Spring is the time of year when I first got serious about learning the constellations and using a small telescope. That was many moons ago. But little has changed in learning one’s way around the night sky.
It takes ambition and desire, a star map and a red flashlight, and, of course, a fairly dark sky. And no matter what kind of telescope you may own, learning to use it the best you can will maybe inspire you to own a better instrument in the future. Even the cheapest department store telescopes are much better than those used by pioneers like Galileo 400 years ago!
The warmer nights of Spring make it more comfortable to stargaze, and you can recline on a lawn chair or even the hood of your car if you drive to a dark site like a lake or mountain site.
To help you identify the stars and their patterns, amateur astronomers use a “planisphere.” This is a cardboard or plastic wheel of the constellations that can be is moved to match the date and time to see the seasonal constellations. Most book stores and some nature centers (like Bays Mt. in Kingsport) sell the popular planisphere—a tool used by stargazers for centuries.
Also to familiarize you with the constellations, the library is filled with beginner books on stargazing, and free star maps are available on line—just check out Skymaps.com.
It’s always good to prepare a stargazing night during the daytime, familiarizing yourself with what’s up in the night and figuring out some celestial targets to hunt down. That’s some of the fun of stargazing, hunting down the treasures of the night by star-hopping around to your target.
Once outside, it is important to allow about 15 minutes for your eyes to adapt to the dark—you’ll be amazed at how much more you’ll see. Your pupils open up wider to let more starlight inside your eyes. This is just like turning out the bedroom lights—at first you think the room is dark but in a few minutes you see everything on the walls and furniture in great detail.
How do you read those star charts in the dark? That’s where the red flashlight comes in…the red does not dilate your eye pupils and maintains your night vision, critical to seeing celestial objects the best we can. Use red nail polish covering light bulbs or red cellophane—and of course there many red flashlights on the astronomy marketplace.
Stargazing during this transition time from winter to spring has some of the most prominent and easy to identify constellations. The new group of spring constellations is rising in the east while the winter ones are saying goodbye in the west.
Winter star patterns like Taurus, Orion, Canis Major and Minor, and the twins Gemini are all setting in the west one by one after 9 pm. The Spring constellations of Leo, Bootes and Virgo are taking over while the hindquarters of the Great Bear, Ursa Major, is high in the north—the Big Dipper.
Follow that curve of the Big Dipper’s handle to the bright, orange star Arcturus, and continue the curve to brilliant white Spica. The old astronomy axiom is “Arc to Arcturus and speed on to Spica!”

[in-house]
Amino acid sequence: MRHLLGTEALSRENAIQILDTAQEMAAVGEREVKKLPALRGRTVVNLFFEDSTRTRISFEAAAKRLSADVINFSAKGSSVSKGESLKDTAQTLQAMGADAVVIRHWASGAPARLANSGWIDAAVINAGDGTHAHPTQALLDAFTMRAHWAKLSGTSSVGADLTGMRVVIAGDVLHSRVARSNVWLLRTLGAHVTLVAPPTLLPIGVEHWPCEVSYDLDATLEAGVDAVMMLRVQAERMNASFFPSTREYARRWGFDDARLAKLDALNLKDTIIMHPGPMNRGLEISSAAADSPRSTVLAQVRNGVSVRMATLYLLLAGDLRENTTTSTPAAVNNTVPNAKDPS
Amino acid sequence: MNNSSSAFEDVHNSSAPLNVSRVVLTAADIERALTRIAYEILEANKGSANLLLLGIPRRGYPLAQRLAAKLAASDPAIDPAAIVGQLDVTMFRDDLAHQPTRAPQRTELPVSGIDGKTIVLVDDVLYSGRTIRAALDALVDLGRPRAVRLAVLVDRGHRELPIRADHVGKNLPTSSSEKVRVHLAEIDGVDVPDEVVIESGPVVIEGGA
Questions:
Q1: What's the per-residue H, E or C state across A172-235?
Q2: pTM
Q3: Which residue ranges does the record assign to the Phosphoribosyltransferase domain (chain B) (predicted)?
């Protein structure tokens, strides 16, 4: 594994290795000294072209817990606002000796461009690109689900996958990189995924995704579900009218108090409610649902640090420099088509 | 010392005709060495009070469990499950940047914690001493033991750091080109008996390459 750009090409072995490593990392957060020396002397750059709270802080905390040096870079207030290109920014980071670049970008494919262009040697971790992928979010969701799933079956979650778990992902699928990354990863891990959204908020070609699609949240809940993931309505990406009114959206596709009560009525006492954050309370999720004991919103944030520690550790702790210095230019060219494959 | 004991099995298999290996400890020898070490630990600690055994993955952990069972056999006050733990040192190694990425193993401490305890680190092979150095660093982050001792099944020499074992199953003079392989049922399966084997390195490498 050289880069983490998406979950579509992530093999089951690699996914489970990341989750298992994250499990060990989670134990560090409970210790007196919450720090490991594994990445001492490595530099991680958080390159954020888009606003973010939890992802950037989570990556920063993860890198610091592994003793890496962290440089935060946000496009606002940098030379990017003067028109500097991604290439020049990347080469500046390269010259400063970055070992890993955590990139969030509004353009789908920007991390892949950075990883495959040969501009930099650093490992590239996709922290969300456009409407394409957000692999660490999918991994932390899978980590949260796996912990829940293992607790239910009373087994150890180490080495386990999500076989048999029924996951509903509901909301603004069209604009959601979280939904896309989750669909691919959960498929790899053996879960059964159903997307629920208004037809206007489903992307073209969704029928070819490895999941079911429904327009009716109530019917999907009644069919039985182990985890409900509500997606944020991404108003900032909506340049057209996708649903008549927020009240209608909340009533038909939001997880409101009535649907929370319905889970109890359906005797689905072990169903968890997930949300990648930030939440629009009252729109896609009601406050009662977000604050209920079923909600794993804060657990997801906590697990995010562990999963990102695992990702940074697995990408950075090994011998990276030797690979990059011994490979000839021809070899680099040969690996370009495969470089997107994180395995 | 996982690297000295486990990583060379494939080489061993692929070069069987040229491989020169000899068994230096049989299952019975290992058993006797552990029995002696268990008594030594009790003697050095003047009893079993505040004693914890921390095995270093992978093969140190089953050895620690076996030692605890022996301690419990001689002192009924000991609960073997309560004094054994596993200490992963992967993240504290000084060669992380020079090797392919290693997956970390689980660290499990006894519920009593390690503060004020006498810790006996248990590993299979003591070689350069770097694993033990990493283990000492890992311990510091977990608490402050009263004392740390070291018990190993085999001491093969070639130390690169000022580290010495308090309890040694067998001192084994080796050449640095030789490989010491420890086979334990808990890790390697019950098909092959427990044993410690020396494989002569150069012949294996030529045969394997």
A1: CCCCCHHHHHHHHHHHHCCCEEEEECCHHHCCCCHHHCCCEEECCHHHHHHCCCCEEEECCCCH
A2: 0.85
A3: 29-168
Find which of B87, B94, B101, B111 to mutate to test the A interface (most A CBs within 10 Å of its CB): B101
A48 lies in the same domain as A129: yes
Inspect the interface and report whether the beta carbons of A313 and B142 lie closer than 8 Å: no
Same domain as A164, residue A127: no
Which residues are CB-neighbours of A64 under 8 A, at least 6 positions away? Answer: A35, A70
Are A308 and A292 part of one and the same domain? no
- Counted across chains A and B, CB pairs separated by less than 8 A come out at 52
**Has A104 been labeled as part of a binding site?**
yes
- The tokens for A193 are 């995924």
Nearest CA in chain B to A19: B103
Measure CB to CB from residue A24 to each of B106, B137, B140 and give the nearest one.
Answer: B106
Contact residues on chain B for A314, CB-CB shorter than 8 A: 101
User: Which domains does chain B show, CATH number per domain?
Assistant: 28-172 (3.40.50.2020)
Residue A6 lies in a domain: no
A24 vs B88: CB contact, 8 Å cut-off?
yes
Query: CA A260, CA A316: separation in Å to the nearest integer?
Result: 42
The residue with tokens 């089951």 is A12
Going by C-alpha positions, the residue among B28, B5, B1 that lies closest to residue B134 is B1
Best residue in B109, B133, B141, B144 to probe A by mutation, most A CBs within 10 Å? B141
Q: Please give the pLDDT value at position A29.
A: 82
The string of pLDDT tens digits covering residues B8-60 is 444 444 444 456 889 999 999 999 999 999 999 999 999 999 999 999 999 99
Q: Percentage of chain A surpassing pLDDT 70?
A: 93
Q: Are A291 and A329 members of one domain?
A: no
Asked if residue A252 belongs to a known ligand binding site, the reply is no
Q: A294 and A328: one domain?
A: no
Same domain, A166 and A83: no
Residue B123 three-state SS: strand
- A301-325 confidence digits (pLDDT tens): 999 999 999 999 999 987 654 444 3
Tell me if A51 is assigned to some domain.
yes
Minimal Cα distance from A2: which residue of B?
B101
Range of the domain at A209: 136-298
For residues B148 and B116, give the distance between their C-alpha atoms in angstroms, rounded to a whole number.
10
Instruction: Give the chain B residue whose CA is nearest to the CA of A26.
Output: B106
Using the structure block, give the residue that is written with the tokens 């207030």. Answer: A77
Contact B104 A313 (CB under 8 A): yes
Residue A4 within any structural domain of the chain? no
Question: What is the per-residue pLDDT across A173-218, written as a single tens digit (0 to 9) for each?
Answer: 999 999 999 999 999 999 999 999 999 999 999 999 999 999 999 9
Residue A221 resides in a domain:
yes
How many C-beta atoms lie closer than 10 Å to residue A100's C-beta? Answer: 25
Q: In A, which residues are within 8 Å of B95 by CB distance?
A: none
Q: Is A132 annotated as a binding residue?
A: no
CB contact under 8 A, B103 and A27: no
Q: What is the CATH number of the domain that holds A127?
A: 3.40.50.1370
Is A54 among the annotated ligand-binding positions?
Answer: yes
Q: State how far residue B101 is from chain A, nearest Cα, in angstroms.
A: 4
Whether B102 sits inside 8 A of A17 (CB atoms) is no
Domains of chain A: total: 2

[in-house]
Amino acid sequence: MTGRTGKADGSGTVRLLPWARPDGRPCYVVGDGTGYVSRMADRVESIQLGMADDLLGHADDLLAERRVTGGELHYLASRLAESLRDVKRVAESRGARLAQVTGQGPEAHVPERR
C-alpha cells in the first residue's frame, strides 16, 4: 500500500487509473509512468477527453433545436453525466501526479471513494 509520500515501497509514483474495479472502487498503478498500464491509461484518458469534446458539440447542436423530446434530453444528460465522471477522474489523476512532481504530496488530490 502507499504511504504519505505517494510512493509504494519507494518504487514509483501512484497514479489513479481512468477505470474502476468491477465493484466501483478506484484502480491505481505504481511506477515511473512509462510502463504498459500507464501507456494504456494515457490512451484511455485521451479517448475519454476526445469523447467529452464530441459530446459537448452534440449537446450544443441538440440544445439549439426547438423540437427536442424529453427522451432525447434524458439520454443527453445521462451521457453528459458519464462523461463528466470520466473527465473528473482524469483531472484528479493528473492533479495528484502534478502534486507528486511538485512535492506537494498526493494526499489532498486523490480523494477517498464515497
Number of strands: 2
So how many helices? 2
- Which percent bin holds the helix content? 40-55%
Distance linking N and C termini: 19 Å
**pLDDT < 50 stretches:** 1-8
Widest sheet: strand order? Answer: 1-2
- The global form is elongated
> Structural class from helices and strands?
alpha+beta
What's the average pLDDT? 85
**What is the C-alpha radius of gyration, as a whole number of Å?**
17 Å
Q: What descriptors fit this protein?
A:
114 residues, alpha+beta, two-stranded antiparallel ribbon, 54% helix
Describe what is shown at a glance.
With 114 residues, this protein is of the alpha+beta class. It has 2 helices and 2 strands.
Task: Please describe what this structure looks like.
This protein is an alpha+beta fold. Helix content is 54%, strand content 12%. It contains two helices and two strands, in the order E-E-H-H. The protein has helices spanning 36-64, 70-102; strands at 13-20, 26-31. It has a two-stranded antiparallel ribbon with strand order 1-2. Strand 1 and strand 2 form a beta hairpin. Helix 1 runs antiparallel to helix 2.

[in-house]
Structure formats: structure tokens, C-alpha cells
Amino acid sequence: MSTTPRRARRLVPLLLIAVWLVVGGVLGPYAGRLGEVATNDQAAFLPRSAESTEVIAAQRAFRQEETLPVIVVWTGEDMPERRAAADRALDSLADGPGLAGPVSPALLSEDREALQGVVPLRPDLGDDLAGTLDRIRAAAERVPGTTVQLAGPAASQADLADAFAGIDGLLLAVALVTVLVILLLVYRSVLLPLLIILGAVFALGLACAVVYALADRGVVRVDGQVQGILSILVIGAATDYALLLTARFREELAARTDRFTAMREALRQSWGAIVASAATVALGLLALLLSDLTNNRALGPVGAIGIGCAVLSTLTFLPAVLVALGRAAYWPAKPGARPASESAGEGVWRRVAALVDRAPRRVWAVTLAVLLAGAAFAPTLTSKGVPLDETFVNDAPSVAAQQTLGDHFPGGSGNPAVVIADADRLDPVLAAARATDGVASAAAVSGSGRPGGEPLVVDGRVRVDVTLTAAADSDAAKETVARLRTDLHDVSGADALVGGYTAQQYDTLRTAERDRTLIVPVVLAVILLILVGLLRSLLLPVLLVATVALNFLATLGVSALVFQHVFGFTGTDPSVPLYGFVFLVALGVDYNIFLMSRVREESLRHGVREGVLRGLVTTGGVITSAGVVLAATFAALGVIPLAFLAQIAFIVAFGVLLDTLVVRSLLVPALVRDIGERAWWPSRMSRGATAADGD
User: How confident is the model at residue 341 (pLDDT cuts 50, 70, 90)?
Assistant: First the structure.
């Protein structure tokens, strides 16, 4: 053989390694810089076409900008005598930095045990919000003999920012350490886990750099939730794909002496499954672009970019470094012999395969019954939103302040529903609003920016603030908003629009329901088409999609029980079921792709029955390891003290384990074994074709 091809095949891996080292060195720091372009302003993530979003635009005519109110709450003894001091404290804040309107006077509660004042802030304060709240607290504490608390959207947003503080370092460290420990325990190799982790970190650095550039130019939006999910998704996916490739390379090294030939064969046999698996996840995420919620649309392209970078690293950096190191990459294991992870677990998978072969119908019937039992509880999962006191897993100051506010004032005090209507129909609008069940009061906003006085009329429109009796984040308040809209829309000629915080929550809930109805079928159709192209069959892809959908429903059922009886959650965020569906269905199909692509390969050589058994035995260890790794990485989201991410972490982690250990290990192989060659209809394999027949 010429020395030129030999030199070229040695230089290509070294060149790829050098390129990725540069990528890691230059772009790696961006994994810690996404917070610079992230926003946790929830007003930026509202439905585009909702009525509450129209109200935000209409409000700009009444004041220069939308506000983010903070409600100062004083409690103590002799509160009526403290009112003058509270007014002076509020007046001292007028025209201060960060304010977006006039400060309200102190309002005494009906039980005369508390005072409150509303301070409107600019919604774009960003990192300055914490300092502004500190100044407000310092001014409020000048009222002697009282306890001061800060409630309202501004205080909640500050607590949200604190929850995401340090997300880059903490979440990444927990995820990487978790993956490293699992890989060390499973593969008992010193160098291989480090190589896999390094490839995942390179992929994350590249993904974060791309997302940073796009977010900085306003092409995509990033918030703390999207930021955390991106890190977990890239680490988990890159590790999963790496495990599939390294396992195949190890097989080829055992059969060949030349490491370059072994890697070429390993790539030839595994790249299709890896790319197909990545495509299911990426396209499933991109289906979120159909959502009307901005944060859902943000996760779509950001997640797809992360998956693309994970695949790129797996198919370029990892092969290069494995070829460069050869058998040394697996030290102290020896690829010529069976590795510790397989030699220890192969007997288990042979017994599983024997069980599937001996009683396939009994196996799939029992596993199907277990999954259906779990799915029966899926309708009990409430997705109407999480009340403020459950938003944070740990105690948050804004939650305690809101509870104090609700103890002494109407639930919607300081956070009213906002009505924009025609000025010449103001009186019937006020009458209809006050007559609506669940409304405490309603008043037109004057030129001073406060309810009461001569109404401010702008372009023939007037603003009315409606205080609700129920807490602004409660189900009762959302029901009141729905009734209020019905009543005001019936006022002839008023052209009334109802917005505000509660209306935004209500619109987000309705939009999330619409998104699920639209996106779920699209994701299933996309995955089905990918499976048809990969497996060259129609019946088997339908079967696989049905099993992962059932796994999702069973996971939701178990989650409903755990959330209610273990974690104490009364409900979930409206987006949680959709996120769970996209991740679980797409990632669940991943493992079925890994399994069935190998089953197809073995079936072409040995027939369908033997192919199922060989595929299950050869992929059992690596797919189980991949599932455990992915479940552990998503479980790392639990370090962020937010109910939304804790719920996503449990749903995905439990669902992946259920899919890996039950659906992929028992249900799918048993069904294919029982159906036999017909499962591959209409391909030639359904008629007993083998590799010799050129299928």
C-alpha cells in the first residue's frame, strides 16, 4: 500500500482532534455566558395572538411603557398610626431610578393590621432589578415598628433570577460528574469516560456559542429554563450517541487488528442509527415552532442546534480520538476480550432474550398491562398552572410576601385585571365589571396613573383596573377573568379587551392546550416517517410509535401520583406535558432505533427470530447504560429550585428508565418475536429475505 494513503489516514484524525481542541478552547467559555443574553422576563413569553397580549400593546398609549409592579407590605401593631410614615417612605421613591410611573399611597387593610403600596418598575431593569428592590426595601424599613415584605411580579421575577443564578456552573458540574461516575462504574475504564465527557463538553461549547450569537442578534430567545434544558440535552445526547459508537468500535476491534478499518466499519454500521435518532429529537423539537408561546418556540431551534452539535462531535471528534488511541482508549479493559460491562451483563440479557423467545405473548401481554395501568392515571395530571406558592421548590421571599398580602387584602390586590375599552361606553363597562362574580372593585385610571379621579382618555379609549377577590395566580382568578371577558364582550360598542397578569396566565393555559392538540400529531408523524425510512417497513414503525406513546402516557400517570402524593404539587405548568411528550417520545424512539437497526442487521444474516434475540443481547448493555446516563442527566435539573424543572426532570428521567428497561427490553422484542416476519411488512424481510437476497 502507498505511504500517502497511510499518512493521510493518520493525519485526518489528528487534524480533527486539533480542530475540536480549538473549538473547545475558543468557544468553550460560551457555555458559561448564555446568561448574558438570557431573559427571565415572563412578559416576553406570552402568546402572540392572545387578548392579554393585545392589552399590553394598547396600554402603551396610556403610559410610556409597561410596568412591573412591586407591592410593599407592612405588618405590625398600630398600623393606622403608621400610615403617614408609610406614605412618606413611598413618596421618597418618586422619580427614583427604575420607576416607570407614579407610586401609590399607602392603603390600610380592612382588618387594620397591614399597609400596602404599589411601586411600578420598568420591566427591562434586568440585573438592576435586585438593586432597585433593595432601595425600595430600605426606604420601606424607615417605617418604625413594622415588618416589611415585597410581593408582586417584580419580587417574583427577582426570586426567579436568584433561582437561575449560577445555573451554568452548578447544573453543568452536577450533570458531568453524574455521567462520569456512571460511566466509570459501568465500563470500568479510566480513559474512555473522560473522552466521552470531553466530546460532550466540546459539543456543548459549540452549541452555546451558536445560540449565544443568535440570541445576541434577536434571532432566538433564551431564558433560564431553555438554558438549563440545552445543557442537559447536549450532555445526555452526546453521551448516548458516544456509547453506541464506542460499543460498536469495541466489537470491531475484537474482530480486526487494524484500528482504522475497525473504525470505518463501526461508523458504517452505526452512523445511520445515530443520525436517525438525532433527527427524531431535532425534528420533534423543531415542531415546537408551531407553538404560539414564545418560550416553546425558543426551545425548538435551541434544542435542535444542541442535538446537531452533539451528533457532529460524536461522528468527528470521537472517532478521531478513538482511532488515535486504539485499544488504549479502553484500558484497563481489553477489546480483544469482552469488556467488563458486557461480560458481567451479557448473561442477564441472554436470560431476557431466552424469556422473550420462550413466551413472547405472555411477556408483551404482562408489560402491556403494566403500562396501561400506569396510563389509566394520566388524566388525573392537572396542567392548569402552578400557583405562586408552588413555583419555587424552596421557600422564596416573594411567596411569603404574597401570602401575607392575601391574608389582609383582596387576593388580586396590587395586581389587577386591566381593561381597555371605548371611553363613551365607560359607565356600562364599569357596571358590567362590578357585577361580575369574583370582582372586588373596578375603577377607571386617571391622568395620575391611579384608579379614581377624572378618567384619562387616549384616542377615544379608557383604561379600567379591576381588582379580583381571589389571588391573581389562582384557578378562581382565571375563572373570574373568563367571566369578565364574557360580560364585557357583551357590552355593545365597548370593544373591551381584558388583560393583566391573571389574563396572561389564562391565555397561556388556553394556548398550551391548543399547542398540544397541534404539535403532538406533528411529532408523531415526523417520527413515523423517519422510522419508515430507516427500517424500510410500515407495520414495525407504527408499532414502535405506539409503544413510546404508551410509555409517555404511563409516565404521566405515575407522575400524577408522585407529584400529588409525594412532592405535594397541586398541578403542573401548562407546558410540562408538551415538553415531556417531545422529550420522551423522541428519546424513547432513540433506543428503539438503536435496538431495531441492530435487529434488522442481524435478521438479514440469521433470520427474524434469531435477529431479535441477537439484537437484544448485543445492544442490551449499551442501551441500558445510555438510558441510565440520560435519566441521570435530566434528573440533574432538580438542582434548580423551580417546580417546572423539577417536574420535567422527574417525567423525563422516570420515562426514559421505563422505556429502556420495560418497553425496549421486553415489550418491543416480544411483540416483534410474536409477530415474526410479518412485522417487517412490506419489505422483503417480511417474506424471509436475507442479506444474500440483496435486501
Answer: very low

Arcturus is at the base of a kite-shaped pattern of stars named after an ancient hero called Bootes (Boo-O-tez), and the stars also align like a giant ice cream cone. Spica is the only bright star in the large constellation celebrating Virgo the Virgin Maiden. But above Spica all this Spring and Summer is the yellowish planet Jupiter!
High above the eastern horizon after 9 p.m. is the mighty lion of the skies, Leo. His lion’s mane looks like a backward question mark, dotted by the bright star Regulus. The hindquarters of the lion are three stars forming a right triangle.
Below this triangle and under the lion’s belly are several distant galaxies that are easy to see even with binoculars if you know where to look.
These are the “faint fuzzies” that serious amateur astronomers hunt down among the stars of the constellations. Galaxies, globular clusters and gaseous nebulae are among the faint fuzzies. Most look like irregular grey patches of light—much like dust balls under a bed.
In the 18th Century, the great French astronomer Charles Messier was an avid comet hunter, but he kept coming across objects that looked like a faint, fuzzy comet, but they didn’t move. So Messier catalogued more than 100 of these celestial objects in the mid 170os. This became the famous Messier Catalog of 105 deep sky objects, a starting point for amateur astronomers to cut their teeth in exploring the Universe.
But there are a lot more Messier Objects to see in the spring skies with a telescope. Any telescope—even a cheap department store one like I started out with.
Springtime is “galaxy time” when dozens of these stellar islands are visible that are on the Messier list. Leo the Lion has two groups of galaxies: M-105, M-96 and M-96 are clustered together in the lion’s belly, and M-66 and M-65 are below the hindquarters triangle of stars.
In Ursa Major is the famous Whirlpool Galaxy, M-101, and a huge concentration of galaxies in a cluster. And sprawling Virgo has a few easy Messier targets, but contains thousands and thousands seen in professional photos in the giant Virgo Cluster of galaxies.
We see all these galaxies this time of year because the position of Earth in its orbit has us looking away from our Milky Way and into the cosmos. Therefore we see the millions of galaxies beyond ours.
The night sky is filled with the treasures of our Universe, and they are yours to find—no matter how trivial you might think your telescope is. The important thing is to use any telescope the best you can, pushing its limits…as it might lead in the future to a more serious instrument.
Try a little Spring stargazing. You just might get the astronomy bug, leading to a life-time of enjoyment chasing down the “faint fuzzy” gems of our night sky.